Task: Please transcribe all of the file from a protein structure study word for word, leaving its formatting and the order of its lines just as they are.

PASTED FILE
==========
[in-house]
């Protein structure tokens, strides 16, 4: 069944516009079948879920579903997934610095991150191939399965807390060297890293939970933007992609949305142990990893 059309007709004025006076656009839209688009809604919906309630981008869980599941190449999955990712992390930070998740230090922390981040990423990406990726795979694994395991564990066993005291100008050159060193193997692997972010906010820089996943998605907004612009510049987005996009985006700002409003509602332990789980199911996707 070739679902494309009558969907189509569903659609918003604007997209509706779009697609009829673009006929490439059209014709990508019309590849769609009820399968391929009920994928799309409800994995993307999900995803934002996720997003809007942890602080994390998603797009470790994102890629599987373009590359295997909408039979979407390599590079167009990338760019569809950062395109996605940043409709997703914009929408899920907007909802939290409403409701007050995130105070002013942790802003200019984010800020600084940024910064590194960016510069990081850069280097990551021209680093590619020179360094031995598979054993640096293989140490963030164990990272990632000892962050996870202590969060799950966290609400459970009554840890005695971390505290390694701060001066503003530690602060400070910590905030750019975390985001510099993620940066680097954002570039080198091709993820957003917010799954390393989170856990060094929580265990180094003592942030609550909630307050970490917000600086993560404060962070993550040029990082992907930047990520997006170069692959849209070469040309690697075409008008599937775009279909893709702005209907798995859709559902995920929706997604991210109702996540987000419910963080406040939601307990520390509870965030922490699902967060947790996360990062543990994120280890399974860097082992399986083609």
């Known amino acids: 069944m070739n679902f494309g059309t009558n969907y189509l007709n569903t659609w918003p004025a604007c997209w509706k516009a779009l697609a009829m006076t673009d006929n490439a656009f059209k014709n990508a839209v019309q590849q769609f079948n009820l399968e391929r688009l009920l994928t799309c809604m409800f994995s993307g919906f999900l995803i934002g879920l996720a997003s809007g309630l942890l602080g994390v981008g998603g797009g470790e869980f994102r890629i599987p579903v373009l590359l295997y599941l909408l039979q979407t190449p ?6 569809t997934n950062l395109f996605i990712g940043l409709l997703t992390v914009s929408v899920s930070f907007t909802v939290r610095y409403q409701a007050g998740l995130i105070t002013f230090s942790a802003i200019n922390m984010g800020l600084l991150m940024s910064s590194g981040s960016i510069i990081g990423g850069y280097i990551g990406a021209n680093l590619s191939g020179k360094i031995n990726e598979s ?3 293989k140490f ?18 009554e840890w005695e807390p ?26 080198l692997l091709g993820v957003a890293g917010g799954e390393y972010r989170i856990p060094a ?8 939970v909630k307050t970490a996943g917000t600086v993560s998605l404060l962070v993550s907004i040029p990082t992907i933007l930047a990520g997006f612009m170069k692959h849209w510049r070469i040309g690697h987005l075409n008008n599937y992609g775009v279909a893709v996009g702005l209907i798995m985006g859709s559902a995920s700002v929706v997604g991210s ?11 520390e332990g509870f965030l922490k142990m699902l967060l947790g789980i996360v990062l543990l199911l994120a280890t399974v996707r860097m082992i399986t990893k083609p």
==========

[in-house]
């Protein structure tokens, strides 16, 4: 069944516009079948879920579903997934610095991150191939399965807390060297890293939970933007992609949305142990990893 059309007709004025006076656009839209688009809604919906309630981008869980599941190449999955990712992390930070998740230090922390981040990423990406990726795979694994395991564990066993005291100008050159060193193997692997972010906010820089996943998605907004612009510049987005996009985006700002409003509602332990789980199911996707 070739679902494309009558969907189509569903659609918003604007997209509706779009697609009829673009006929490439059209014709990508019309590849769609009820399968391929009920994928799309409800994995993307999900995803934002996720997003809007942890602080994390998603797009470790994102890629599987373009590359295997909408039979979407390599590079167009990338760019569809950062395109996605940043409709997703914009929408899920907007909802939290409403409701007050995130105070002013942790802003200019984010800020600084940024910064590194960016510069990081850069280097990551021209680093590619020179360094031995598979054993640096293989140490963030164990990272990632000892962050996870202590969060799950966290609400459970009554840890005695971390505290390694701060001066503003530690602060400070910590905030750019975390985001510099993620940066680097954002570039080198091709993820957003917010799954390393989170856990060094929580265990180094003592942030609550909630307050970490917000600086993560404060962070993550040029990082992907930047990520997006170069692959849209070469040309690697075409008008599937775009279909893709702005209907798995859709559902995920929706997604991210109702996540987000419910963080406040939601307990520390509870965030922490699902967060947790996360990062543990994120280890399974860097082992399986083609």
């Known amino acids: 069944m070739n679902f494309g059309t009558n969907y189509l007709n569903t659609w918003p004025a604007c997209w509706k516009a779009l697609a009829m006076t673009d006929n490439a656009f059209k014709n990508a839209v019309q590849q769609f079948n009820l399968e391929r688009l009920l994928t799309c809604m409800f994995s993307g919906f999900l995803i934002g879920l996720a997003s809007g309630l942890l602080g994390v981008g998603g797009g470790e869980f994102r890629i599987p579903v373009l590359l295997y599941l909408l039979q979407t190449p ?6 569809t997934n950062l395109f996605i990712g940043l409709l997703t992390v914009s929408v899920s930070f907007t909802v939290r610095y409403q409701a007050g998740l995130i105070t002013f230090s942790a802003i200019n922390m984010g800020l600084l991150m940024s910064s590194g981040s960016i510069i990081g990423g850069y280097i990551g990406a021209n680093l590619s191939g020179k360094i031995n990726e598979s ?3 293989k140490f ?18 009554e840890w005695e807390p ?26 080198l692997l091709g993820v957003a890293g917010g799954e390393y972010r989170i856990p060094a ?8 939970v909630k307050t970490a996943g917000t600086v993560s998605l404060l962070v993550s907004i040029p990082t992907i933007l930047a990520g997006f612009m170069k692959h849209w510049r070469i040309g690697h987005l075409n008008n599937y992609g775009v279909a893709v996009g702005l209907i798995m985006g859709s559902a995920s700002v929706v997604g991210s ?11 520390e332990g509870f965030l922490k142990m699902l967060l947790g789980i996360v990062l543990l199911l994120a280890t399974v996707r860097m082992i399986t990893k083609p």